The confectionery industry, like most others, has needed to adapt to many new consumer shopping behaviors and desires during the course of the last two years, many of which are likely to endure post-pandemic, experts said at last week’s 25th Sweets & Snacks Expo, organized by the National Confectioners Association. What makes candy and snacks unique within the food and beverage category is the category’s dependence on impulse buys, which has presented several challenges for retailers and manufacturers alike. As more consumers make purchases online and take advantage of grocery delivery and pickup services, both brick-and-mortar and e-commerce businesses have lessons to learn from one another.
Bring impulse behaviors to online shopping
The lines between online purchases and buying items in stores are blurring, often because “shopping is heavily digitally influenced,” according to Mike Black, chief marketing officer at e-commerce growth platform Profitero, who spoke at the Expo. Pandemic behaviors are sticking, and this means impulse purchases need to become more innate and prevalent online.
Black recommends recreating the in-store experience online by making products discoverable, buying decisions more intuitive, demonstrating product and brand value and adapting to retailers’ e-commerce sites to drive unplanned purchasing.
Another avenue for brands to establish spur-of-the-moment purchasing actions is via voice-enabled virtual assistants, such as Alexa and Siri. The household penetration of these devices is expected to approach 75% by 2025, shared Betsy Fitzgibbons, Mars Wrigley shopper insights lead of e-commerce and new transactions, during a session.
Fitzgibbons and AiCi Li, director of the Shopper and Retail Lab at Mars, discussed how Mars Wrigley leveraged voice technology for its brands, especially seasonal products and campaigns such as the Skittles Shriekers-branded alarm that users could instruct Alexa to set during Halloween. They added that a vital element to successful brand engagement was to educate consumers on how to use the alarm and other key commerce phrases via social media.
Early adoption of new technologies is critical and “inaction is risky,” especially for impulse categories like confectionery, according to Li. Capturing consumers with voice assistants leads to products being in a customer’s order history and this creates a pathway for simple repeat purchases, she added.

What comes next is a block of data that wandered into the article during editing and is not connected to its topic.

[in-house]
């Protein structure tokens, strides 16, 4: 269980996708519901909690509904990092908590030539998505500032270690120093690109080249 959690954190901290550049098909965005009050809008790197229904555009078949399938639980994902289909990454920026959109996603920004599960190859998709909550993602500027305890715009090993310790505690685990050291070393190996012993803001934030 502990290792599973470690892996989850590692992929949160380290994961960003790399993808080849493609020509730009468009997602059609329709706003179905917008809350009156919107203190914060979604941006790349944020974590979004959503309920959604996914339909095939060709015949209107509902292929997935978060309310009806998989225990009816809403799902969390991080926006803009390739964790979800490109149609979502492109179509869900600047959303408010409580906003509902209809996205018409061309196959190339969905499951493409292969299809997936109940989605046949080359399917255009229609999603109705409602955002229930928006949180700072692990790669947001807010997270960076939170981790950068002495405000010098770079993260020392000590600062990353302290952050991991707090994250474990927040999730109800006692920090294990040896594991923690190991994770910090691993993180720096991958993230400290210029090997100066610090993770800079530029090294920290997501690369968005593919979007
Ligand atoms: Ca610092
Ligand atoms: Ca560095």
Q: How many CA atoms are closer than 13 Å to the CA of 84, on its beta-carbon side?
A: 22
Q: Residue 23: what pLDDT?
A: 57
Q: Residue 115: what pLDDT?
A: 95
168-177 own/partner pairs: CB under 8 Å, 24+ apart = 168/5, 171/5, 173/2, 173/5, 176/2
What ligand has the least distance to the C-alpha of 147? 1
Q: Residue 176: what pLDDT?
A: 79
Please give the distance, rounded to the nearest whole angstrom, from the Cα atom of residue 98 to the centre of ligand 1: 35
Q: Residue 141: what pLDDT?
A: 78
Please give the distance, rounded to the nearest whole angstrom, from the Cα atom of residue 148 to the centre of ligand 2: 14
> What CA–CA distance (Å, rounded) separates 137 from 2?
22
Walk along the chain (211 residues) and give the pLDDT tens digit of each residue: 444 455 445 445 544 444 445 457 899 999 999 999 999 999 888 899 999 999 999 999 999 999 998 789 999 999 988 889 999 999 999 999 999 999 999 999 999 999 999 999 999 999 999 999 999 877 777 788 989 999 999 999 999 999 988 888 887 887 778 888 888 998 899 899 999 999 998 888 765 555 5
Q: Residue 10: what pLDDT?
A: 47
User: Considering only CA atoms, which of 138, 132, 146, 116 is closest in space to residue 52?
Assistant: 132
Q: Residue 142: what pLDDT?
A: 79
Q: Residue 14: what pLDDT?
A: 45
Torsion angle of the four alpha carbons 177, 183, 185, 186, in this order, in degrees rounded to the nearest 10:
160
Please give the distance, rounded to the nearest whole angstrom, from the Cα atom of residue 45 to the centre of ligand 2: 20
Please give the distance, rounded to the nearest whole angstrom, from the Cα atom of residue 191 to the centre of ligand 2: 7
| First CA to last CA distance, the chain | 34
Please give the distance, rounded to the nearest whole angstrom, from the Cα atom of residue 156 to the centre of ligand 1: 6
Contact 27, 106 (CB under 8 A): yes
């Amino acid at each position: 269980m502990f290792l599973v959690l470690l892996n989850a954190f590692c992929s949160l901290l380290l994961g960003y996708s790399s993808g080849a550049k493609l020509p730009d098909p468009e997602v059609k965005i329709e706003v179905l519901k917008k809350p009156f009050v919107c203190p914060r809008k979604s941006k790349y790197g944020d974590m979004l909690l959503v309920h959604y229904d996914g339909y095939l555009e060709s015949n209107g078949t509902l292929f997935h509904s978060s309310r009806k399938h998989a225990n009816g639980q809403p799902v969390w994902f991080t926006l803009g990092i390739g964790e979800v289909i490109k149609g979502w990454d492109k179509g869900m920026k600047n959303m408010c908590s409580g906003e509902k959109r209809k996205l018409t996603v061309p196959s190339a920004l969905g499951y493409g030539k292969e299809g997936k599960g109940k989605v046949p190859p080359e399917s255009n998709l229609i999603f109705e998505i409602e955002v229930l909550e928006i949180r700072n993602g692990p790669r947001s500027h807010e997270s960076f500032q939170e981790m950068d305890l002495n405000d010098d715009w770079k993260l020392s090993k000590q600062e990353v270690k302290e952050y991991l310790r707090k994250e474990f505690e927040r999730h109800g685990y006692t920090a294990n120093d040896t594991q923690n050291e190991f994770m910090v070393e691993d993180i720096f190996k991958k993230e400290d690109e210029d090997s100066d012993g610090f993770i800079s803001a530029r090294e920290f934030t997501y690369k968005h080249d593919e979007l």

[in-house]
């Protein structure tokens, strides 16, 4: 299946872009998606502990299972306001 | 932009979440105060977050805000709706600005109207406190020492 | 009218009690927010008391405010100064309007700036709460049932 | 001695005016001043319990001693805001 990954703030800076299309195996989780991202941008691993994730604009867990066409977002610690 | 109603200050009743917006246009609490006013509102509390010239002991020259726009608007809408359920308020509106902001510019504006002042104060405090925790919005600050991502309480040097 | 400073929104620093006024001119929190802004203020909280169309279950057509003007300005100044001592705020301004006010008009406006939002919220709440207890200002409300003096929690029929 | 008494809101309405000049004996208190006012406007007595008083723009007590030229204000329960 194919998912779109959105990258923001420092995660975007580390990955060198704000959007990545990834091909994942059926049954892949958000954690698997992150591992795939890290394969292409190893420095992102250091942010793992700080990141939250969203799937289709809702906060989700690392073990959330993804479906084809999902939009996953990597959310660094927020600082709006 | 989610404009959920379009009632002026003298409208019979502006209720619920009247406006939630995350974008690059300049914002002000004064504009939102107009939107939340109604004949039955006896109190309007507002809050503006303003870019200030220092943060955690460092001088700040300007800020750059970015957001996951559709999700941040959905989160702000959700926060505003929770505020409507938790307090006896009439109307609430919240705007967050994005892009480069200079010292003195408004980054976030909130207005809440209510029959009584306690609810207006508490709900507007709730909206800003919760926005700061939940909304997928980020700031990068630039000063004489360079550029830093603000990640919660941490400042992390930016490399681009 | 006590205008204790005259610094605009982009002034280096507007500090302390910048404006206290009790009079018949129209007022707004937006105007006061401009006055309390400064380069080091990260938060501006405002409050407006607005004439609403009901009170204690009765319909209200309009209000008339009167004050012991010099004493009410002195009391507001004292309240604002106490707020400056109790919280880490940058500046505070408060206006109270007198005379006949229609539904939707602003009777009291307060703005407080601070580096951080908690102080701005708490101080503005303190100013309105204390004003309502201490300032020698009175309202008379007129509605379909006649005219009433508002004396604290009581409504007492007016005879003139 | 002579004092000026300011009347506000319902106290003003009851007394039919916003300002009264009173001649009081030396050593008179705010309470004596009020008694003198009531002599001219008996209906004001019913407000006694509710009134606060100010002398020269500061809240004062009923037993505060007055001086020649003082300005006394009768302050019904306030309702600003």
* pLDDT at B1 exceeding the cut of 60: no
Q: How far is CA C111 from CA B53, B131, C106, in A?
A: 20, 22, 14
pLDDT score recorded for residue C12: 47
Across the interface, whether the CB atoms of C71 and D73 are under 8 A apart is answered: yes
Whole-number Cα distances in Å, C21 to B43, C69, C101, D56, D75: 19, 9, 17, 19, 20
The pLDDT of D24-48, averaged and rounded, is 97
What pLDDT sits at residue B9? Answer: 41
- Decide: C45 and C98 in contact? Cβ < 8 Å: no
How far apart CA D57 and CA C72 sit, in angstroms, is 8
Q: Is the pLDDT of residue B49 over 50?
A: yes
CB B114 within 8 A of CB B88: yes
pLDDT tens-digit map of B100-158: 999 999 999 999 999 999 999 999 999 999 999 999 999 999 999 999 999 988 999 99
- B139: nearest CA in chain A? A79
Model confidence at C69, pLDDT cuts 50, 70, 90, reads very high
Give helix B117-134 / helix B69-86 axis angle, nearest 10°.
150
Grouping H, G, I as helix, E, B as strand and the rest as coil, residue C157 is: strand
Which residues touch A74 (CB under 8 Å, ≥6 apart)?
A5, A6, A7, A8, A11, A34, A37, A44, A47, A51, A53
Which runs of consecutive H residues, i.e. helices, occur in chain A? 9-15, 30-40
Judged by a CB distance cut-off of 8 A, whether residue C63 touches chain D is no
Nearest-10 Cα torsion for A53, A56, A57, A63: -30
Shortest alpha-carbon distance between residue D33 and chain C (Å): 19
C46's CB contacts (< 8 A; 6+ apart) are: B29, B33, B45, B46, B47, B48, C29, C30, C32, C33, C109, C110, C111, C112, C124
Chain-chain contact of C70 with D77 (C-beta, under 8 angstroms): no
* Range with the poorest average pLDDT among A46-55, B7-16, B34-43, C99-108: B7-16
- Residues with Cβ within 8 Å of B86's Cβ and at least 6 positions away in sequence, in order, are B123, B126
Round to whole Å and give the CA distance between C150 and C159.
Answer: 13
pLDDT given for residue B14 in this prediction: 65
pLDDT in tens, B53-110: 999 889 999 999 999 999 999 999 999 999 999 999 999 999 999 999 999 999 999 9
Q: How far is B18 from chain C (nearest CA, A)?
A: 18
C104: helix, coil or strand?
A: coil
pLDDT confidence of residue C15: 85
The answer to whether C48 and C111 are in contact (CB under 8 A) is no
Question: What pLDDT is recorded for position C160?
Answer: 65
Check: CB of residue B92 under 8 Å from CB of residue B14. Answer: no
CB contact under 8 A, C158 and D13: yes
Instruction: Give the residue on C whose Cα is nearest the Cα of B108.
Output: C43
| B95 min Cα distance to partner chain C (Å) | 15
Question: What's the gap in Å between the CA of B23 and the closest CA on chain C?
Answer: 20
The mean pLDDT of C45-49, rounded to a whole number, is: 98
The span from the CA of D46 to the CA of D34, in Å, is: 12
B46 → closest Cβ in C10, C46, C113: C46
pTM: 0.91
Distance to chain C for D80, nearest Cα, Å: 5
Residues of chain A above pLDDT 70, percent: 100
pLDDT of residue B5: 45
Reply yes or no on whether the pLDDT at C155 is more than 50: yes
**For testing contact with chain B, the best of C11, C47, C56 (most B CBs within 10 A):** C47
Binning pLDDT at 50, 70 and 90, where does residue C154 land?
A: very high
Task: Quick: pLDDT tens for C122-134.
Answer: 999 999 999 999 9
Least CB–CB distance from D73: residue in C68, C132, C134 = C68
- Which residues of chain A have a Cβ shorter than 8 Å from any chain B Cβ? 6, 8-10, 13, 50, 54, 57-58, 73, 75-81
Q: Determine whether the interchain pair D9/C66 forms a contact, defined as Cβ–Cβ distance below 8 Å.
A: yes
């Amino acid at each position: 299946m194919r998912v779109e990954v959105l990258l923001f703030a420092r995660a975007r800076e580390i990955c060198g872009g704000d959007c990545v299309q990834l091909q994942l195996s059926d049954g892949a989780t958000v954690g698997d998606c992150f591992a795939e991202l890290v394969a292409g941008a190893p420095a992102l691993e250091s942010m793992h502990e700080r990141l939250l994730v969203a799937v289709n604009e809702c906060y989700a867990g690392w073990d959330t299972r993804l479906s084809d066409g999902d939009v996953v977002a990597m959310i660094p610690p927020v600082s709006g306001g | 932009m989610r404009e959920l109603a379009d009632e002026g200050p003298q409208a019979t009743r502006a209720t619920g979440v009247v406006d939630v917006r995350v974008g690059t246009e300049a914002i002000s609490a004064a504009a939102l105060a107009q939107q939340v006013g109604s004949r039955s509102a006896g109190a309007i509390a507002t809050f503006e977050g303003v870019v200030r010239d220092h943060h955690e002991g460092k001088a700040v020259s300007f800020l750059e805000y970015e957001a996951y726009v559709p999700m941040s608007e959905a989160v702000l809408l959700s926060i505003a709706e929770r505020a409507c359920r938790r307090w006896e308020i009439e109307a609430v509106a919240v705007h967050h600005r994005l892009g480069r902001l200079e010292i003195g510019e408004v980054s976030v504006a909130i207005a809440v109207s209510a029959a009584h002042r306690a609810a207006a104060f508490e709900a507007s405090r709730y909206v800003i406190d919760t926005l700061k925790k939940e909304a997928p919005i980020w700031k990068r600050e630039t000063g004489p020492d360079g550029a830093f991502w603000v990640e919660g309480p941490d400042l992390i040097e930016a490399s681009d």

Make in-person purchases more convenient
While digital purchases are more common than ever, shopping in physical stores is not going anywhere.
“For the foreseeable future, stores will be the primary stop for consumers,” said Mindy Asper Weith, partner at direct marketing firm Impulse Marketing, during a session.
The appeal of shopping online is the convenience that digital purchases provide, especially as shopping needed to change and adapt during the pandemic to accommodate social distancing and quarantine protocols. When consumers place click-and-collect orders, 74% report that they often pick up additional items while in the store, according to Weith. Candy and snack brands can still tap into these unexpected or additional purchases the same way that they did during a typical checkout.
Another approach to offering customers convenience is to streamline the checkout process in brick-and-mortar stores. Self-checkout kiosks have grown in popularity, but artificial intelligence platform Standard AI gives retailers the ability to create an autonomous store using technology that can be retrofitted to any location, which differentiates the company from Amazon’s cashierless convenience store chain AmazonGo.
Standard AI co-founder and Chief Business Officer Michael Suswal shared during the session that the stores its technology is in don’t have any checkout lines – because Standard AI cameras identify what products are picked up and charge customers via a mobile app – creating more engagement with product displays. The new format also allows for retailers to create “a redistribution of impulse buys” and experiment with aisle placement, according to Suswal.
Both Black of Profitero and Anne-Marie Roerink, president of market research firm 210 Analytics, used the phrase “surround sound” during their respective sessions to describe how consumers want to find products as well as product information. Customers are looking for candy and snacks to be accessible in multiple retail categories, not just the traditional front-end displays. Digital purchases are not replacing shopping in person, but rather both channels are leveraging technology to combine convenience and spontaneity in each buying process.
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